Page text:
Procol Harum

the Pale

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Procol Harum at Utrecht, Netherlands

13 February 1992: another view!

Anyone who managed to get a copy of the 1995 Castle AWSoP CD (ESS X 2048) will be aware of the superbly atmospheric live A Salty Dog and Repent Walpurgis that it includes as bonus tracks. The band actually recorded and mixed the whole of this set, the penultimate night of their 1992 European tour, but the other tracks did not see the light of day, until it was released in September 2000, an excellent live album. Fred Schröter, however, was there in person, and sends the following report:

I have read Bas Möllenkramer's review of the concert at Utrecht on 13 February 1992.

And I thought "well that's funny, his idea about the concert is a bit different from mine" and decided to add some details and a few of my experiences during that concert.

On 13 February 1992 I sat there on the first row with my 13 year-old nephew. His mother and I have poisoned him with our love for symphonic rock which throughout the years has only been produced by Procol Harum. All the other bands just made copies. I only went to Procol Harum performances and I am still sorry I missed the band playing at Uden in 1970: Procol Harum had just become a quartet.

Back to 1992: the band gloriously opened with Conquistador, Gary Brooker playing a digital piano disguised as an acoustic one, Matthew playing like hell but there was no sound to be heard from the organ and he was looking desperately to the sound technician. Mark drumming superbly, oh and yes there was also a guy playing the guitar and someone trotting along the whole time hidden behind a bass guitar.

At the end of Conquistador Matthew began signaling the technician and when Shine on Brightly began there was that famous organ played as only Matthew can.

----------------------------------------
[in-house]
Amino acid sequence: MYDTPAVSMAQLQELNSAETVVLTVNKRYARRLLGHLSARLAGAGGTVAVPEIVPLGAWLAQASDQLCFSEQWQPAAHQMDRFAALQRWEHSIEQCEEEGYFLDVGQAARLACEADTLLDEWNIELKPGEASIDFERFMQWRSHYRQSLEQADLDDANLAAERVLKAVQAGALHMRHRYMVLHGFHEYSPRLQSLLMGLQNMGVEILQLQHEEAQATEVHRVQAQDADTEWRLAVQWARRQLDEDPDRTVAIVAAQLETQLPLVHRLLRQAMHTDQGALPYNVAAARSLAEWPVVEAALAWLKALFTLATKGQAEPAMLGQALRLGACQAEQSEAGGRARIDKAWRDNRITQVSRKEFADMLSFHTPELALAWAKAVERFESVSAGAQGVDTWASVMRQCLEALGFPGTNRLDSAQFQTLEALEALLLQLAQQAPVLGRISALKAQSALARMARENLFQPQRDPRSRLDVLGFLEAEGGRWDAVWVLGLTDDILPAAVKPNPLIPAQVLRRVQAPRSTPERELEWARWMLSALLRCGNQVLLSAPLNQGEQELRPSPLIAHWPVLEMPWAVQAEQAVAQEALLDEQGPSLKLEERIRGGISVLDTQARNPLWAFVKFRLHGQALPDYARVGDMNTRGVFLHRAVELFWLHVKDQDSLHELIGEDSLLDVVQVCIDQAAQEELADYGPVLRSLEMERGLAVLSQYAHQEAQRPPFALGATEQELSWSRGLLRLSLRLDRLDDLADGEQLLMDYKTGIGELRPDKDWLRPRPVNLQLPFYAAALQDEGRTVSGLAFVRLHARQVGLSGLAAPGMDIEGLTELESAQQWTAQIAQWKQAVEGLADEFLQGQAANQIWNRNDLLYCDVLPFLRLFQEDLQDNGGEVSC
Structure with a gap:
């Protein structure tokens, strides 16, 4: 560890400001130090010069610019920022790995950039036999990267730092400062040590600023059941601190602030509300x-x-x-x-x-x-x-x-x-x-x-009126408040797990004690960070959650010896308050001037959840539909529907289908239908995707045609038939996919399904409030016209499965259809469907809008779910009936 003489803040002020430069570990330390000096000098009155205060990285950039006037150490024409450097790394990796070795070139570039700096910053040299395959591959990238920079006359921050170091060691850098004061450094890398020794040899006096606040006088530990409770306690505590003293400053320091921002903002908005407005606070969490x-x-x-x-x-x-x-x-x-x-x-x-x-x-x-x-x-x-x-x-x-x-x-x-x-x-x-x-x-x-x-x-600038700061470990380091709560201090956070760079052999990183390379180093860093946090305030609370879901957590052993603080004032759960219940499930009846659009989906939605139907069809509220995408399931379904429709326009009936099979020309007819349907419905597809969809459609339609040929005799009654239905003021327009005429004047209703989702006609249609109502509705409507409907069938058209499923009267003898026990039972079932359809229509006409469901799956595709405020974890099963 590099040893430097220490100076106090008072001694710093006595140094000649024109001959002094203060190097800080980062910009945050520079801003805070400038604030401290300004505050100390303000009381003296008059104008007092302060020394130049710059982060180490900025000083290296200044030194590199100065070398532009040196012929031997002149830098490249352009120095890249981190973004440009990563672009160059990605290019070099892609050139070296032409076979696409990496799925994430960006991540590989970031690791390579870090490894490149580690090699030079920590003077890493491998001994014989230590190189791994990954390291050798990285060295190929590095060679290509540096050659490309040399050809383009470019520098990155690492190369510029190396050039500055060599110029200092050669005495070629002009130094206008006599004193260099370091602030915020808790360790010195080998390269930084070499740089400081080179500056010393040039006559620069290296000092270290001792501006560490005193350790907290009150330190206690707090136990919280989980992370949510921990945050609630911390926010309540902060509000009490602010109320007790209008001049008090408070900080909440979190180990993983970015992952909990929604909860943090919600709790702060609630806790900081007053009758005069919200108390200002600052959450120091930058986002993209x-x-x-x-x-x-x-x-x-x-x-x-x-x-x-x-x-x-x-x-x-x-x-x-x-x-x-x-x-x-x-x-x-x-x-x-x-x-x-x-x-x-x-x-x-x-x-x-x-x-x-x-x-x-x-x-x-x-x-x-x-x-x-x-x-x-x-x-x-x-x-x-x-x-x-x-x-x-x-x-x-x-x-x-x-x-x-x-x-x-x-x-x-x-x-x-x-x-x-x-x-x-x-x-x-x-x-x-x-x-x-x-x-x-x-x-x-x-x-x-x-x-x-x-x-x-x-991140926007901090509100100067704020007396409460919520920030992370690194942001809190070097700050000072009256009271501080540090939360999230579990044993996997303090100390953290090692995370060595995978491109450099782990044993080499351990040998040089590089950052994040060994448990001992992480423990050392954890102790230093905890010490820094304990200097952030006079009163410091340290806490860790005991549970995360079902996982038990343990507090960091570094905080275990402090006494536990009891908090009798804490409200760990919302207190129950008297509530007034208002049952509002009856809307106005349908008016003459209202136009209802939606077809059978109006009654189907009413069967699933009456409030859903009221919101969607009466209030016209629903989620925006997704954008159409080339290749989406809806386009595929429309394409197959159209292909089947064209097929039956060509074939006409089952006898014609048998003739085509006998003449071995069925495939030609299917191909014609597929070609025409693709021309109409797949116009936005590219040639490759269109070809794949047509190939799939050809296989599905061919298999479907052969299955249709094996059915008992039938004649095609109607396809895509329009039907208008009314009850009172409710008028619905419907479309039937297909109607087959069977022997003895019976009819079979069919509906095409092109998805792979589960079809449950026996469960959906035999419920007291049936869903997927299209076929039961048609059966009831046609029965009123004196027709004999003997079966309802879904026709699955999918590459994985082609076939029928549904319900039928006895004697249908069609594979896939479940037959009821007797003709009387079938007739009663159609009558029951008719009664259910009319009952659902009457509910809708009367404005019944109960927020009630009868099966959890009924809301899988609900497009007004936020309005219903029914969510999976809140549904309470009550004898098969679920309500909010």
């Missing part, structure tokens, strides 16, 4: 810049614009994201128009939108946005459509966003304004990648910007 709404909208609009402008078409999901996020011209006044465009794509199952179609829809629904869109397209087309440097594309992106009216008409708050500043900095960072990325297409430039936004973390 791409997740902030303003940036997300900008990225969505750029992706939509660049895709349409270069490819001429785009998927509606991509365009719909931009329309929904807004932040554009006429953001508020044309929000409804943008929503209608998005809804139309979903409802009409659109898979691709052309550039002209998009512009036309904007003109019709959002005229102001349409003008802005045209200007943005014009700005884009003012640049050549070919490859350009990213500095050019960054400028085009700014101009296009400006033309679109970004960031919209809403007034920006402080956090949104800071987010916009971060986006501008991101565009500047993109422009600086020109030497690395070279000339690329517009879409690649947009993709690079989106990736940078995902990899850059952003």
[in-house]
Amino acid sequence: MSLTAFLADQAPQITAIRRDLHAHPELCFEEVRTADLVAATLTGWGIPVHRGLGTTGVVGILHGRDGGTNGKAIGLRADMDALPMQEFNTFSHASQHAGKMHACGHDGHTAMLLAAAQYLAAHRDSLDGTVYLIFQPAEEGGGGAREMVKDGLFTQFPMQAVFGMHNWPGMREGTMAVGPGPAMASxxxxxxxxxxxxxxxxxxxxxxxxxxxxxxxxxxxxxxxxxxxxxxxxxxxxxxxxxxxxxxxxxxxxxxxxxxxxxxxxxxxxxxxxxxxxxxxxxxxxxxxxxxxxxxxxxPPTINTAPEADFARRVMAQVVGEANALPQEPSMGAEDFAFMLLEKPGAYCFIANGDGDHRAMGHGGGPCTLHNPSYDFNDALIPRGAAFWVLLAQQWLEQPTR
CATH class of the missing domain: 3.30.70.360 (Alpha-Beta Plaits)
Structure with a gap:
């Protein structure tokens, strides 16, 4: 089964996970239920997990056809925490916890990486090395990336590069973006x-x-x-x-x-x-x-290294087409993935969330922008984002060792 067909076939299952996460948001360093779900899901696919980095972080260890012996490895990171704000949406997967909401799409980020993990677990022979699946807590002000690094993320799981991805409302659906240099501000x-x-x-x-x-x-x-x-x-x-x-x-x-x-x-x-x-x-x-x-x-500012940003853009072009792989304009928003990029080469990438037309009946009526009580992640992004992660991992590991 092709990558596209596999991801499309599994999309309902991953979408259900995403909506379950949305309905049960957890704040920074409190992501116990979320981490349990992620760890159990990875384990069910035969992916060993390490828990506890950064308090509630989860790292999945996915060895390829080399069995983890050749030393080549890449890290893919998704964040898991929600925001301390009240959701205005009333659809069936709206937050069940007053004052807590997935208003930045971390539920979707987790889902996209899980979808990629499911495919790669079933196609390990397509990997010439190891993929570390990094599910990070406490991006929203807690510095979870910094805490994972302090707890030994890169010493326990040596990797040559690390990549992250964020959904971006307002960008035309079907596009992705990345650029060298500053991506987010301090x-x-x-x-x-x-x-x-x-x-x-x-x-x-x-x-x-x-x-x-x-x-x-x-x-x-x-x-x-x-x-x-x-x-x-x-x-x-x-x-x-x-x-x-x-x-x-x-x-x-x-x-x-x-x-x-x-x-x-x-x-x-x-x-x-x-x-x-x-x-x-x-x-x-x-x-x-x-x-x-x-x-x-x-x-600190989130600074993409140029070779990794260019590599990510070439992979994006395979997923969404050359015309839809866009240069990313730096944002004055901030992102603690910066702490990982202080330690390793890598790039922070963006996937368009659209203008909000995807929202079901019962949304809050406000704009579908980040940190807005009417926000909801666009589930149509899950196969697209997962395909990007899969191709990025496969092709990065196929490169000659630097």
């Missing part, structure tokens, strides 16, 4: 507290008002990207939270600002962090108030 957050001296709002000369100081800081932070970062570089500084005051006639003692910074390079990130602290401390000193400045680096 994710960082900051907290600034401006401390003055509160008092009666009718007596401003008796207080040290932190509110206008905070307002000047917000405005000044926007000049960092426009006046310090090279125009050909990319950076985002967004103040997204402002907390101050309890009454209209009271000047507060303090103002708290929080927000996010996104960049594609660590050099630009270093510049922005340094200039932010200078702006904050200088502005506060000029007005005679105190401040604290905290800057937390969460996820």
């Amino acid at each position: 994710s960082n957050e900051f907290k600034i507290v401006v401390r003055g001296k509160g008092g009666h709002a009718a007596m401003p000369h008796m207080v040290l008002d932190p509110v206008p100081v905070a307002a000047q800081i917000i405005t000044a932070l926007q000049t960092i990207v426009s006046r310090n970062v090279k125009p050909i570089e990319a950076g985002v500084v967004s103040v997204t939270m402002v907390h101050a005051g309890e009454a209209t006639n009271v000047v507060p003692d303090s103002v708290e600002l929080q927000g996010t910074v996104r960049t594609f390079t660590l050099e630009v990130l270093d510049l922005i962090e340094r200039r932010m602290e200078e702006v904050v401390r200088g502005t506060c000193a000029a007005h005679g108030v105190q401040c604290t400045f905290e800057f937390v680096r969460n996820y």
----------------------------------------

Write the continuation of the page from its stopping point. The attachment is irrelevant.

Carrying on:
The listing of Bas reflects a lot of old Procol work but misses The Truth Won't Fade Away which was the first song they played from Prodigal Stranger. It was played just after SoB. I am not sure but I think they played Holding On as well. They also played Bringing Home the Bacon.

The first encore started with Little Queenie (I've never heard or seen Procol perform a rock'n'roll song in the same set as their own material, but most of time they do it for an encore). And this time Gary was not behind that awful sounding digital piano, he was just singing.

What struck me most during this concert was that when they played the songs from Prodigal Stranger Gary stood behind that musical thing he was playing and there was far more energy in it than in the old songs. Eventually even Matthew stood behind the organ. In my opinion the old songs sounded as gray as Gary's hair ...

I liked the new songs much more than the old ones, which were a bit like that feeling that Matthew expresses in Going for a Song.

The most blasphemous part of the evening to me was Geoff Whitehorn playing Whisky Train. He has made a CD called Geoff Who ... Geoff Whitehorn. After playing that CD I changed the name to Geoff Whitrhorn ...Geoff Who?. All the time he started pulling the strings he had that look on his face "This is me, don't you think I am fabulous!!". But why am I worrying about that guitar player and that bass player because my foremost reason for going to that concert was: seeing for the first time in my life Matthew performing live (I think Joan May will understand this). And now I have seen him perform live.

If there is another Procol Harum concert I will only go and see it if they line up with Brooker, Fisher, Trower, Knights and a drummer who is as original in his drumming as Barrie was, and yes I like the drumming of Mark Brzezicki. It may be a good idea to organize a BJ Wilson memorial concert.

A very different review of the same gig

Review of the Valentine concert the following night last gig of the tour

One More Time: the CD recording of this concert

 Fred's review of the Live Album of this concert

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